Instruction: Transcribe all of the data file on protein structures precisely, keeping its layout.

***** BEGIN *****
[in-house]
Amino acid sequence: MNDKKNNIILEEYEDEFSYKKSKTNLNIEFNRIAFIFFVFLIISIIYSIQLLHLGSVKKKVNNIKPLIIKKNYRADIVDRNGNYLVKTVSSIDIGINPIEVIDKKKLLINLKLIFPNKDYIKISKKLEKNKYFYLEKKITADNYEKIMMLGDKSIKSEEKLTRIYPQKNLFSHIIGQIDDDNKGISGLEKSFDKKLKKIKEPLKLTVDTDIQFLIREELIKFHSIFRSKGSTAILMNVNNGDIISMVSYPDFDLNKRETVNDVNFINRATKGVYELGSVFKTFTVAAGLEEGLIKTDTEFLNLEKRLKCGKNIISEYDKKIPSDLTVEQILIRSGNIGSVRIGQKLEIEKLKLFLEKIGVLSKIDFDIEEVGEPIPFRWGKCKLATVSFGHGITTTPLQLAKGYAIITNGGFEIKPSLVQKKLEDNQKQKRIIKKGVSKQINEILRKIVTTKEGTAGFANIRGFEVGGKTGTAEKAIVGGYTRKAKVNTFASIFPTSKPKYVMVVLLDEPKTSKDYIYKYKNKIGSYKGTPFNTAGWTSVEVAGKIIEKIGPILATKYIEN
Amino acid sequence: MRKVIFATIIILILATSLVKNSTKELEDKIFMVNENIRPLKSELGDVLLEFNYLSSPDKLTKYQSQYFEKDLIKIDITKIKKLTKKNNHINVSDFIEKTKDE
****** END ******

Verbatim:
[in-house]
Amino acid sequence: MNDKKNNIILEEYEDEFSYKKSKTNLNIEFNRIAFIFFVFLIISIIYSIQLLHLGSVKKKVNNIKPLIIKKNYRADIVDRNGNYLVKTVSSIDIGINPIEVIDKKKLLINLKLIFPNKDYIKISKKLEKNKYFYLEKKITADNYEKIMMLGDKSIKSEEKLTRIYPQKNLFSHIIGQIDDDNKGISGLEKSFDKKLKKIKEPLKLTVDTDIQFLIREELIKFHSIFRSKGSTAILMNVNNGDIISMVSYPDFDLNKRETVNDVNFINRATKGVYELGSVFKTFTVAAGLEEGLIKTDTEFLNLEKRLKCGKNIISEYDKKIPSDLTVEQILIRSGNIGSVRIGQKLEIEKLKLFLEKIGVLSKIDFDIEEVGEPIPFRWGKCKLATVSFGHGITTTPLQLAKGYAIITNGGFEIKPSLVQKKLEDNQKQKRIIKKGVSKQINEILRKIVTTKEGTAGFANIRGFEVGGKTGTAEKAIVGGYTRKAKVNTFASIFPTSKPKYVMVVLLDEPKTSKDYIYKYKNKIGSYKGTPFNTAGWTSVEVAGKIIEKIGPILATKYIEN
Amino acid sequence: MRKVIFATIIILILATSLVKNSTKELEDKIFMVNENIRPLKSELGDVLLEFNYLSSPDKLTKYQSQYFEKDLIKIDITKIKKLTKKNNHINVSDFIEKTKDE